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High tide on Blowering
  |  First Published: April 2006



A lot more water than usual is being pumped into Blowering Dam due to the massive electricity demand from the Snowy scheme.

Blowering gets to reap the rewards because of its location at the bottom of the scheme and this has meant nothing but good fishing hopefully all through the Autumn.

Fishing has been excellent over the past month or so with redfin around 20cm to 25cm still the main catch although there have been a few whoppers up around 45cm. I’ve also heard more regular reports of golden perch, which is very pleasing.

The redfin are still attacking anything you chuck at them but the most reliable technique would have to be casting spinners like the old Celta, Rooster Tails or any cheap imitation – the fish don’t seem to mind as long as it spins well and puts out a lot of flash or vibration, both of which attract the little terrors from metres away.

Trolling is another good technique although I mainly use it for locating schools. As soon as I troll up a decent reddie I start casting straight back into the school with a small soft plastic or a lipless crankbait.

I can fish these lures at what ever depth I think the fish are and if I’m wrong, I simply allow the lure to sink to the bottom and then retrieve it back up through them. This nearly always gets the fishes’ attention and then their competitive nature normally takes over and they start fighting over your lure.

I’ve also heard of numbers of goldens being trolled up in quite shallow water, as well as quite a few being taken on yabbies and worms at night.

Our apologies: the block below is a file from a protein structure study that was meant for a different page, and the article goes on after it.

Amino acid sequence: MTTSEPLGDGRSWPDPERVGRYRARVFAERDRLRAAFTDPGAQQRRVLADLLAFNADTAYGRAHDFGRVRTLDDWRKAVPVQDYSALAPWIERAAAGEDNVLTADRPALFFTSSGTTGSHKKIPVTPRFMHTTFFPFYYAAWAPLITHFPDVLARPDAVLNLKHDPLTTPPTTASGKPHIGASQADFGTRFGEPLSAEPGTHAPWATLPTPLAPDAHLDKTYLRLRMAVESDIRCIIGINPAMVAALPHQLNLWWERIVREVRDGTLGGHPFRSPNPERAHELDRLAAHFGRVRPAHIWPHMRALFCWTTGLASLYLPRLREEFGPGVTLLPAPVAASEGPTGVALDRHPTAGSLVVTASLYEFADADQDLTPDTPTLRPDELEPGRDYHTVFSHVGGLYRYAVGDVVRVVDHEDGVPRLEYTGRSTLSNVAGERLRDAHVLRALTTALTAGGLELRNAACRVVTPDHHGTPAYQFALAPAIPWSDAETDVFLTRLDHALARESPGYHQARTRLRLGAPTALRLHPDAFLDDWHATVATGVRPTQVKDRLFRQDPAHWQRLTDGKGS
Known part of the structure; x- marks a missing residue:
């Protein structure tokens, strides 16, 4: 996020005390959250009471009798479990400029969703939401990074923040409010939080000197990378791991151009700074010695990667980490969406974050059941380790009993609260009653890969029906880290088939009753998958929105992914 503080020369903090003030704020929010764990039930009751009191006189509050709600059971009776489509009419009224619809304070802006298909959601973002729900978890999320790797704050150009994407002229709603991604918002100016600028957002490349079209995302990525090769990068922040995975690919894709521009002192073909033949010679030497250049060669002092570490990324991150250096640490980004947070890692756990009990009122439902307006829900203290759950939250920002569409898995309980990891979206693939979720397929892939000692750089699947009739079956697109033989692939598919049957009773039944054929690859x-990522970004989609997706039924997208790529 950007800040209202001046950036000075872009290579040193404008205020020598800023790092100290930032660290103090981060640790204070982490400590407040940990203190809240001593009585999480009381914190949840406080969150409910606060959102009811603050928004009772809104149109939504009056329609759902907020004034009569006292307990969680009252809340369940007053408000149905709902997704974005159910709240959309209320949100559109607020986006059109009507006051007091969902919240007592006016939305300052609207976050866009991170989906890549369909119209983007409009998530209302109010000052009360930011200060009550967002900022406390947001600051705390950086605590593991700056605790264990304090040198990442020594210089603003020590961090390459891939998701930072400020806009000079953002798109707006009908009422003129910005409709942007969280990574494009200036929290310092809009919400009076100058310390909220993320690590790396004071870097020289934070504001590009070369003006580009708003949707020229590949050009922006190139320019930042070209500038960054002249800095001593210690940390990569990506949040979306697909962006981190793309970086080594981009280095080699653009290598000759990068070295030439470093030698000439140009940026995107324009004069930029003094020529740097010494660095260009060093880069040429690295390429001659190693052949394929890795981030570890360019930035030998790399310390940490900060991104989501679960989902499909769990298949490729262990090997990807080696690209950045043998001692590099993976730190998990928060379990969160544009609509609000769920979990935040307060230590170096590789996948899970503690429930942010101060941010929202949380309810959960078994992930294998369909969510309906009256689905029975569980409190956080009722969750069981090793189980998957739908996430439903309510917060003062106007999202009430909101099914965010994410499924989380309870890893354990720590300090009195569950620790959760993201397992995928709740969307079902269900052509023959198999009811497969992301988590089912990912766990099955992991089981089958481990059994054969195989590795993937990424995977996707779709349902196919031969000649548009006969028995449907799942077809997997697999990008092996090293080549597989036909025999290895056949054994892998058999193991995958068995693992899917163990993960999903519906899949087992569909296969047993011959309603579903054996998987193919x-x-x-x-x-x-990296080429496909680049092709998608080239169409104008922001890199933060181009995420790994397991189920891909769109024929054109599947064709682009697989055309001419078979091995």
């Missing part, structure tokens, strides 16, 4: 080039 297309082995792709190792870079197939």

I’ve had quite a bit of luck with the yellas lately although I’ve had to work a little harder than the trollers. I’ve been casting from my boat right up into the backs of the warm bays with Jackalls retrieved ever so slowly with lots of stopping and starting.

This technique has worked fairly well with the key being to put at least 20 casts into every likely-looking bay. Sometimes it takes at least this many casts to draw a response.

RIVERS AND CREEKS

The Murrumbidgee and its tributaries have been very generous to anglers lately. A lot of cod are being caught on bait with bardis, shrimp and cheese the favourites. Lure fishing has been patchy but persistent casters have been getting them almost as often as the bait fishos with the bonus being fewer carp, especially when using spinnerbaits.

The Tumut River is still proving difficult with the high water levels causing havoc for most anglers. The river fishes best when the large demand for water ceases and it gets its character back. It then looks like a beautiful mountain river again, not a scary, ultra-fast irrigation channel.

The change will be only a couple of months away so you don’t have to wait too much longer for some peaceful river fishing.

The creeks around the area are still fishing well with most techniques catching a few big, healthy trout. The majority of the bigger specimens are falling for lures or flies.

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